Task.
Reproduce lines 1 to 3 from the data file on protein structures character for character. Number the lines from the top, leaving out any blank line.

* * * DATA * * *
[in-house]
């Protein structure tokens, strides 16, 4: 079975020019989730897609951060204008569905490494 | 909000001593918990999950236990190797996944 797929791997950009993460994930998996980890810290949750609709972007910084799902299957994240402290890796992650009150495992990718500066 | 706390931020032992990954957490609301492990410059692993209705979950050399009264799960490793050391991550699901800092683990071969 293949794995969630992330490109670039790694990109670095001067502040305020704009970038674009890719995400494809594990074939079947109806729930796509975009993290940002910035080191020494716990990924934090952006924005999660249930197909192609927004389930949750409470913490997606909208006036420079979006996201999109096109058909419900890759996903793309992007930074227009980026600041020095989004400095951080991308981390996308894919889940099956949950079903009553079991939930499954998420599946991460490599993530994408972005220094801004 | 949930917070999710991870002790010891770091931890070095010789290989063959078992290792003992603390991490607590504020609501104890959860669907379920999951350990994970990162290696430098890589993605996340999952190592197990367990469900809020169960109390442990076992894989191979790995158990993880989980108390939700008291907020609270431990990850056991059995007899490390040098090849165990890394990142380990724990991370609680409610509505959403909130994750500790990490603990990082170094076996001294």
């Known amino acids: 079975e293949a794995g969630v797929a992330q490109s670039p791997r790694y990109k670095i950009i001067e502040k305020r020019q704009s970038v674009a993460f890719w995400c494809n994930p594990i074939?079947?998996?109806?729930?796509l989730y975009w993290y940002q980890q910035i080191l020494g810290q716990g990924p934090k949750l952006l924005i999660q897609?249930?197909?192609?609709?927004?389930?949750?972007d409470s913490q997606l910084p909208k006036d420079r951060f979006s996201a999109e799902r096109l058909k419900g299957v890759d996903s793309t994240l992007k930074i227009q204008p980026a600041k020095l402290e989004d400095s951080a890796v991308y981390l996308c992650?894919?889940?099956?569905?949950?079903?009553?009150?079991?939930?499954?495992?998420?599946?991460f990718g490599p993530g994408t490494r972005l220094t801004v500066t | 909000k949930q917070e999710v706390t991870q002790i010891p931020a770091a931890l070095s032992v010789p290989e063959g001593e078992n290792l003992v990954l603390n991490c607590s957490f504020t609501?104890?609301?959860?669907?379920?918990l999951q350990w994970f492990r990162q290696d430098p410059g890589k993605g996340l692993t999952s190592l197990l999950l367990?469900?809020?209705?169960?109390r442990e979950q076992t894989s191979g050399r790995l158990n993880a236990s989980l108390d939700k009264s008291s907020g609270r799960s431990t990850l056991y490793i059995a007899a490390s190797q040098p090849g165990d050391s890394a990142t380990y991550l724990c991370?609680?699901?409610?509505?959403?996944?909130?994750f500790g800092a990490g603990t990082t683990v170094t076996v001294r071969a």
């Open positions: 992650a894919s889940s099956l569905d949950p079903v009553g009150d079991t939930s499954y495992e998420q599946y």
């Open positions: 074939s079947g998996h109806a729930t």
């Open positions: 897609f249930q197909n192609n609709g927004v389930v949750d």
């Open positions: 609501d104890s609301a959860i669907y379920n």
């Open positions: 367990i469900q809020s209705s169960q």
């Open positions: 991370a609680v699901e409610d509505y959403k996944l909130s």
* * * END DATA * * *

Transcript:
[in-house]
């Protein structure tokens, strides 16, 4: 079975020019989730897609951060204008569905490494 | 909000001593918990999950236990190797996944 797929791997950009993460994930998996980890810290949750609709972007910084799902299957994240402290890796992650009150495992990718500066 | 706390931020032992990954957490609301492990410059692993209705979950050399009264799960490793050391991550699901800092683990071969 293949794995969630992330490109670039790694990109670095001067502040305020704009970038674009890719995400494809594990074939079947109806729930796509975009993290940002910035080191020494716990990924934090952006924005999660249930197909192609927004389930949750409470913490997606909208006036420079979006996201999109096109058909419900890759996903793309992007930074227009980026600041020095989004400095951080991308981390996308894919889940099956949950079903009553079991939930499954998420599946991460490599993530994408972005220094801004 | 949930917070999710991870002790010891770091931890070095010789290989063959078992290792003992603390991490607590504020609501104890959860669907379920999951350990994970990162290696430098890589993605996340999952190592197990367990469900809020169960109390442990076992894989191979790995158990993880989980108390939700008291907020609270431990990850056991059995007899490390040098090849165990890394990142380990724990991370609680409610509505959403909130994750500790990490603990990082170094076996001294």
């Known amino acids: 079975e293949a794995g969630v797929a992330q490109s670039p791997r790694y990109k670095i950009i001067e502040k305020r020019q704009s970038v674009a993460f890719w995400c494809n994930p594990i074939?079947?998996?109806?729930?796509l989730y975009w993290y940002q980890q910035i080191l020494g810290q716990g990924p934090k949750l952006l924005i999660q897609?249930?197909?192609?609709?927004?389930?949750?972007d409470s913490q997606l910084p909208k006036d420079r951060f979006s996201a999109e799902r096109l058909k419900g299957v890759d996903s793309t994240l992007k930074i227009q204008p980026a600041k020095l402290e989004d400095s951080a890796v991308y981390l996308c992650?894919?889940?099956?569905?949950?079903?009553?009150?079991?939930?499954?495992?998420?599946?991460f990718g490599p993530g994408t490494r972005l220094t801004v500066t | 909000k949930q917070e999710v706390t991870q002790i010891p931020a770091a931890l070095s032992v010789p290989e063959g001593e078992n290792l003992v990954l603390n991490c607590s957490f504020t609501?104890?609301?959860?669907?379920?918990l999951q350990w994970f492990r990162q290696d430098p410059g890589k993605g996340l692993t999952s190592l197990l999950l367990?469900?809020?209705?169960?109390r442990e979950q076992t894989s191979g050399r790995l158990n993880a236990s989980l108390d939700k009264s008291s907020g609270r799960s431990t990850l056991y490793i059995a007899a490390s190797q040098p090849g165990d050391s890394a990142t380990y991550l724990c991370?609680?699901?409610?509505?959403?996944?909130?994750f500790g800092a990490g603990t990082t683990v170094t076996v001294r071969a």